Healthy Aging: Know the Facts

By John Sandgren, MD
John Sandgren is a recent Evolve grad and a member of the Vital Aging Network’s Wellness 50+ Design Team. We are pleased to have his contribution to our knowledge base about how to age well.

Feb 222015
 
Part 4: The Value of Functional Workouts

This is the fourth and last entry of a series entitled: Fitting Exercise into Your Daily Routine.

Functional workouts can be quick and to the point. Functional workouts use motions that mimic things you do in the course of your day. You can take almost any activity of daily living (ADL) and turn it into an exercise by emphasizing correct form and technique.

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Dec 212014
 
Part 8: Getting Started Each Day

This is the eighth and last entry of a series related to physical fitness entitled: Think of Exercise as a Pill that Promotes Long Life and a Whole Lot More.

Fitting exercise into a daily routine for the first time represents major change; conscious repetition is the key to establishing a new habit like this.

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Dec 082014
 
Part 6: Four Ways to Build Physical Capacity

This is the sixth of a series related to physical fitness entitled: Think of Exercise as a Pill that Promotes Long Life and a Whole Lot More.

Aerobic exercise has the most data documenting its health benefits. But your fitness plan should also include 3 more areas to build your physical capacity: Strength training, Balance training, and Flexibility.

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Nov 302014
 
Part 5: Don't Panic, Everyone Can Exercise!

This is the fifth of a series related to physical fitness entitled: Think of Exercise as a Pill that Promotes Long Life and a Whole Lot More.

If you’re not fully fit as you begin your exercise program, start comfortably and wisely and keep advancing by appropriate amounts. Fitness trainers will tell you, exercising consistently, regularly, and frequently is vastly more important than how much you exert yourself on any one day or few days.

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Nov 242014
 
Part 4: How Much Exercise is Best?

This is the fourth of a series related to physical fitness entitled: Think of Exercise as a Pill that Promotes Long Life and a Whole Lot More.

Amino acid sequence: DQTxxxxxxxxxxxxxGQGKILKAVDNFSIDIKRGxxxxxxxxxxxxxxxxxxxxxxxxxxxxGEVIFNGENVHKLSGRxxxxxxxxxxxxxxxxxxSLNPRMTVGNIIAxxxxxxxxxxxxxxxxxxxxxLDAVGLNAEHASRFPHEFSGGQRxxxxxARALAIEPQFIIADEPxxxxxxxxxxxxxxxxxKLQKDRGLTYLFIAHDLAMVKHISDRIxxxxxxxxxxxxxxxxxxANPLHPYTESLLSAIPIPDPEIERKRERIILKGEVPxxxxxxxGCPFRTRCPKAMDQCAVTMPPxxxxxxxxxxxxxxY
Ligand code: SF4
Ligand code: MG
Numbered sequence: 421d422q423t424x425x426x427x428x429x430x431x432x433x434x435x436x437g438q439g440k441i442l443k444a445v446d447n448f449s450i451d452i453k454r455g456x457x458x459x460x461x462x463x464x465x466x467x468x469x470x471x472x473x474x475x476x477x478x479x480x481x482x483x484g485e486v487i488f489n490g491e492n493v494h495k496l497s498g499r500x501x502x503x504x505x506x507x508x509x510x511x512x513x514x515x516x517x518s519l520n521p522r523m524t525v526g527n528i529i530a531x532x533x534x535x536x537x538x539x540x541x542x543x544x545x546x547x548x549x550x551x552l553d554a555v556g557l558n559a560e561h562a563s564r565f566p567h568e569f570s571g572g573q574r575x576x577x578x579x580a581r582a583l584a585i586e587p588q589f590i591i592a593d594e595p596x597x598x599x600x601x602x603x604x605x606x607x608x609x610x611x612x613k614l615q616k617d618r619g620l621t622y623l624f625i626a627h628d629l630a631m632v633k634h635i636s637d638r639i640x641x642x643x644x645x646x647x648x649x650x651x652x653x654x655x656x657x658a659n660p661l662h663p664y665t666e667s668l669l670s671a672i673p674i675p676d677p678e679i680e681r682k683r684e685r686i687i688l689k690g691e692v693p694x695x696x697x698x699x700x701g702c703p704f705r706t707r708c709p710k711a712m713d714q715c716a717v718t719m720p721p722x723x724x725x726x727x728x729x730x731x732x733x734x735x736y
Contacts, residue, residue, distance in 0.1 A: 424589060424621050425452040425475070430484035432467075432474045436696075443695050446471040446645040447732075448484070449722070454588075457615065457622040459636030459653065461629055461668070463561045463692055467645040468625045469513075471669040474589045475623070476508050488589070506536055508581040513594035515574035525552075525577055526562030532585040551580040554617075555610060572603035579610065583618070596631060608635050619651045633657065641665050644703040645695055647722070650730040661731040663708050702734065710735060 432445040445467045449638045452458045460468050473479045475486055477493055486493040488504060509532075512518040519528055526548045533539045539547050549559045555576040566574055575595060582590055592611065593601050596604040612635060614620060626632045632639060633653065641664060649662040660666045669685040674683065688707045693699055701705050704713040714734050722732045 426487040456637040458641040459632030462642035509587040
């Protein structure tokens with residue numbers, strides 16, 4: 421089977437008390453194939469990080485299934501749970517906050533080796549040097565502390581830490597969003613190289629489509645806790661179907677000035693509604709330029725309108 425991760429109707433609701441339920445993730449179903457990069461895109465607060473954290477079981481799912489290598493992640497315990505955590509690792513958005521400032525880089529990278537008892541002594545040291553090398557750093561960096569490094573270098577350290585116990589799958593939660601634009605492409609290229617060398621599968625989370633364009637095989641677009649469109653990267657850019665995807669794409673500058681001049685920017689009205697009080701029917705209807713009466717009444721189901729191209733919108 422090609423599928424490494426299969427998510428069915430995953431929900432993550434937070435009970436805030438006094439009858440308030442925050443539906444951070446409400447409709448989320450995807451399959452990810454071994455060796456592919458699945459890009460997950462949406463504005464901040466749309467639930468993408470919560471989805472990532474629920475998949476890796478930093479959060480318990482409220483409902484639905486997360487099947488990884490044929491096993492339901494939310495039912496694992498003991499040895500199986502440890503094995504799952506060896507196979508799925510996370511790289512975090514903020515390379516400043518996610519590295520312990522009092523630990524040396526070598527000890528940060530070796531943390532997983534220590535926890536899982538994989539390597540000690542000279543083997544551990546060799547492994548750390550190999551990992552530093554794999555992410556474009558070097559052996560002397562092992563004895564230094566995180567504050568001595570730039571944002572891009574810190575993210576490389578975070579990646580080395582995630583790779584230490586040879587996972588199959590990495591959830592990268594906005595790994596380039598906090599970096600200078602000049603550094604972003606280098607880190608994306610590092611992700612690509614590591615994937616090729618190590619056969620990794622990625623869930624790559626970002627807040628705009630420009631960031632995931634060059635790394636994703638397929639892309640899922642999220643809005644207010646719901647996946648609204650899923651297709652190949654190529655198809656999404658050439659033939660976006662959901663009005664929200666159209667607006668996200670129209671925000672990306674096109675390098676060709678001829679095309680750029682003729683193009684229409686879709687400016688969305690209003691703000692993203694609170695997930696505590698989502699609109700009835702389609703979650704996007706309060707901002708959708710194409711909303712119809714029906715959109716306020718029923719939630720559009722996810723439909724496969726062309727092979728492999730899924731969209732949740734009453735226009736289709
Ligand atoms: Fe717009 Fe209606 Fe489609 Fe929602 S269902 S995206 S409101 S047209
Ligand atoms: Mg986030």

Design an exercise program that is based on health guidelines but tailored to you. The 2008 Physical Activity Guidelines for Americans written by the U.S. Department of Health and Human Services will help you do just that. Because aerobic activity is vitally important, it should be a major part of your program.

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Nov 172014
 
Part 3: It's Never Too Late to Start Exercising

This is the third of a series related to physical fitness entitled: Think of Exercise as a Pill that Promotes Long Life and a Whole Lot More.

Regular exercise not only prevents chronic diseases like heart disease and diabetes, it also benefits people who already have these diseases, even people in poor health. The medical benefits of regular exercise appear to start accruing after about 1 year. Even individuals who have been previously sedentary but who initiate exercise as late as age 85 demonstrate a significant survival benefit in three years in comparison to individuals who are sedentary.

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Nov 102014
 
Part 2: Preventing Death Is Nice, But What Else Can Exercise Do?

This is the second of a series related to physical fitness entitled: Think of Exercise as a Pill that Promotes Long Life and a Whole Lot More.

Exercise imparts physical strength and stamina. It boosts energy levels and combats fatigue. Regular exercise has been shown to significantly reduce the risk of developing heart disease, chronic lung disease, high blood pressure, and type II diabetes. These are just a few of the benefits of exercising.

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Oct 302014
 
Part 1: Exercise to Live Longer

This is the first of a series of eight installments related to physical fitness entitled: Think of Exercise as a Pill that Promotes Long Life and a Whole Lot More. They are part of a blog entitled, Healthy Aging: Know the Facts by Evolve grad, John Sandgren, MD. New entries on this topic will appear weekly for next eight weeks.

The risk of dying from any cause (“all-cause mortality”) among people who exercise regularly is cut by 30 percent, actually more like 20-40 percent in most studies and by 50 percent in a few. In other words, free and simple exercise is just as potent, and sometimes more potent, than are many expensive medications.

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